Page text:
Amy Henrie Gillett hopes to kindle people’s hearts and minds by contributing a little light to a world that sometimes seems so dark. And so the story of how “All Light and Darkness”—published in L. Ron Hubbard Presents Writers of the Future Volume 34—came to be as told by Amy.
“All Light and Darkness” began as a final project for my college Creative Writing class. It was not speculative fiction originally and lacked much of the refinement the published version has (hopefully). However, the voice and format were there, as well as the plot.
When I first decided to pursue the L. Ron Hubbard Writers of the Future Contest, I recalled this piece, originally titled “Stay” and rewrote it to fit a science fiction world I’d begun building for a potential series. This world was conceived during a six-month period where I wanted to start a novel. I began that novel and soon found myself overwhelmed by my ambition and inability to meet my own expectations. That’s when I decided to turn to short story writing to improve my technique.
Originally, I treated short stories as a means to world-build, develop voice, invent characters and conflicts, and get my name out there in preparation for novel writing. However, to my surprise, I discovered a real passion for short story writing.
Short story writing demands development of plot and depth in a very small word count. It demands precision and eloquence, and I think it allows a flexibility of format and voice that novels don’t. A writer can use a very strange format or voice in a short story that readers would grow tired of in a novel. Not only that, but short stories seem to demand meaning–a reason to be read. I like to write poignant stories with layers of meaning in them, and I like those reflections to be the centerpieces of the stories and not a tangent. I write to inspire and change, and entertaining readers is the means by which I attempt that.
Novel writing requires more subtlety with themes and presents numerous thoughts and ideas throughout the story, and it demands much greater attention to entertainment.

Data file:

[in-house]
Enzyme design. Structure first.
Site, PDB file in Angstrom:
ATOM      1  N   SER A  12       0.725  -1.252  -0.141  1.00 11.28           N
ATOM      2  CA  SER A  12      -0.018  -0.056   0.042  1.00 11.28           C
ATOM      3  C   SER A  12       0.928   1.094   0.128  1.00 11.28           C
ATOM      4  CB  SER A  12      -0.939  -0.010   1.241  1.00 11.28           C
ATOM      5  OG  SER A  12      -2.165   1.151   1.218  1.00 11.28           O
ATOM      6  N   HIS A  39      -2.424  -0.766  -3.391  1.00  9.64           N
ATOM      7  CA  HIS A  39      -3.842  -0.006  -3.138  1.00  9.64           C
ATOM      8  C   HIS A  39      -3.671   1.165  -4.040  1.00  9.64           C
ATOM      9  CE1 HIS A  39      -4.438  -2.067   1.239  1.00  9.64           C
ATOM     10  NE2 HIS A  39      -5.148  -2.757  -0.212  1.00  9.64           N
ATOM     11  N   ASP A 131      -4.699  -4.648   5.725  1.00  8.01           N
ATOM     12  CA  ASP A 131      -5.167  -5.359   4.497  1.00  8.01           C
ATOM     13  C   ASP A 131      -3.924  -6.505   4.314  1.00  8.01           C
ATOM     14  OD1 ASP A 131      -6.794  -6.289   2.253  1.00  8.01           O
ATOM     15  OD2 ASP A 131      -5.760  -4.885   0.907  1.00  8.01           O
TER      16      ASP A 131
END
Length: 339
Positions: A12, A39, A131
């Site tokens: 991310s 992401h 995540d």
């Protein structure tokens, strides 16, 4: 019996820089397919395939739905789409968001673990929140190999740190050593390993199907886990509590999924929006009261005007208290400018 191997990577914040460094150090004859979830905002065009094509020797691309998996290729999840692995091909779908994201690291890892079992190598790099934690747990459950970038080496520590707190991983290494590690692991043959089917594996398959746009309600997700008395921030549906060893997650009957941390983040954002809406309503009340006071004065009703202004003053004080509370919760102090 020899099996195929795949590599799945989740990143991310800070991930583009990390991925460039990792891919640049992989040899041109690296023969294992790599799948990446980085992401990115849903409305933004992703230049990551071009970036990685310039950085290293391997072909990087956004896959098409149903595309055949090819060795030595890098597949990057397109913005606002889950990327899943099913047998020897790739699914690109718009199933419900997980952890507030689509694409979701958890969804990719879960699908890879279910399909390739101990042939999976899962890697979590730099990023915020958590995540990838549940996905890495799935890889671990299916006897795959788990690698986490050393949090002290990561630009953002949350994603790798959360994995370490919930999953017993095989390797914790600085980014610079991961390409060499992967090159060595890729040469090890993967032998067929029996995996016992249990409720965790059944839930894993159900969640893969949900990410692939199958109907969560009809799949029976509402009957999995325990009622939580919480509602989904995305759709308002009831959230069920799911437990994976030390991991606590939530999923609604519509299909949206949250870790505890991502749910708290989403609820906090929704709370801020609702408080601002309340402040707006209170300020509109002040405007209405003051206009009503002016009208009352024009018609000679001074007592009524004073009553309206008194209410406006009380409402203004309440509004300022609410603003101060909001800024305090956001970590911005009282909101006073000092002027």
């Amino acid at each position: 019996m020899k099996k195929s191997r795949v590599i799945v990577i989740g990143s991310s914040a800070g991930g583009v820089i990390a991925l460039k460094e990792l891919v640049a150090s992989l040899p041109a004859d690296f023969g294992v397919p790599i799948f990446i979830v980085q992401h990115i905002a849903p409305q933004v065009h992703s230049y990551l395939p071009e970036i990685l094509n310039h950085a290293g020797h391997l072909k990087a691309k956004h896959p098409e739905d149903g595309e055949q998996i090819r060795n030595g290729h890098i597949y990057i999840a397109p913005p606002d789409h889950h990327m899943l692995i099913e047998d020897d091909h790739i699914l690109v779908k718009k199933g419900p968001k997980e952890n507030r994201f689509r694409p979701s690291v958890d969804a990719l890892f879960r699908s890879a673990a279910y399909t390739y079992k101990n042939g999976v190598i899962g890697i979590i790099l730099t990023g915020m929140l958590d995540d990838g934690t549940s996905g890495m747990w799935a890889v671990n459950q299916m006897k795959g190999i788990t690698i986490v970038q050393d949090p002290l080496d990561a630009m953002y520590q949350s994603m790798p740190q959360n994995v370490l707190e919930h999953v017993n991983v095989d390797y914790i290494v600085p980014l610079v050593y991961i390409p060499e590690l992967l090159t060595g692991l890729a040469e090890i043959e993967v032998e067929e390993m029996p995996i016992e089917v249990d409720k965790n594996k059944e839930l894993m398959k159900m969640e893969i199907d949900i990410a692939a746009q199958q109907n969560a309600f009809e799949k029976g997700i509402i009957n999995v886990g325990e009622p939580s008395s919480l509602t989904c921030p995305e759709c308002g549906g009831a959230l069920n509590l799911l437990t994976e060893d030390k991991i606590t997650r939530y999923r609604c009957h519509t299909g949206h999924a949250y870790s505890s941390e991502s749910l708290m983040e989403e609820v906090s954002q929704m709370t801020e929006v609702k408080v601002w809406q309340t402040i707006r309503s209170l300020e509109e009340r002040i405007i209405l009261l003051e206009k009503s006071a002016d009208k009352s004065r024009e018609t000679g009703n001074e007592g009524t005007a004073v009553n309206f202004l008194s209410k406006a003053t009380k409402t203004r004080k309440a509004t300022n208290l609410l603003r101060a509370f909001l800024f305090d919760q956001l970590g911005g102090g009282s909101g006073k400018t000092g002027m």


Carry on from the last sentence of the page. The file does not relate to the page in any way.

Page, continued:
I have fifteen drafts of “All Light and Darkness” saved to my computer and a few other drafts in hard copy. Any time I made a major change to my manuscript, particularly if I removed any content, I made a new file. I submitted to the competition for the first time at around Draft 8. The story was over 16,000 words long, and I expected a win–thought I was the best thing since Bradbury.
I received a flat rejection.
For those of you unfamiliar with the competition, a rejection means that, in all likelihood, the story wasn’t read all the way through. David Farland tried a draft or two then said, nope.
I told myself I must have been rejected because of word count. Anyone could see it was a massive piece, and I thought there was no way it would have been rejected if it’d been read all the way through. So, I cut it down to 14,000 words and submitted again.
Again, a flat rejection.
My ego in shambles, I decided I should probably learn how to do this short story thing correctly. I started stalking the Writers of the Future forum, signed up for David Farland’s “Story Doctor” weekly writing tips, and scoured the internet for short story advice. Then I hitched up my pants and submitted what was then “Stay” to Critters.org.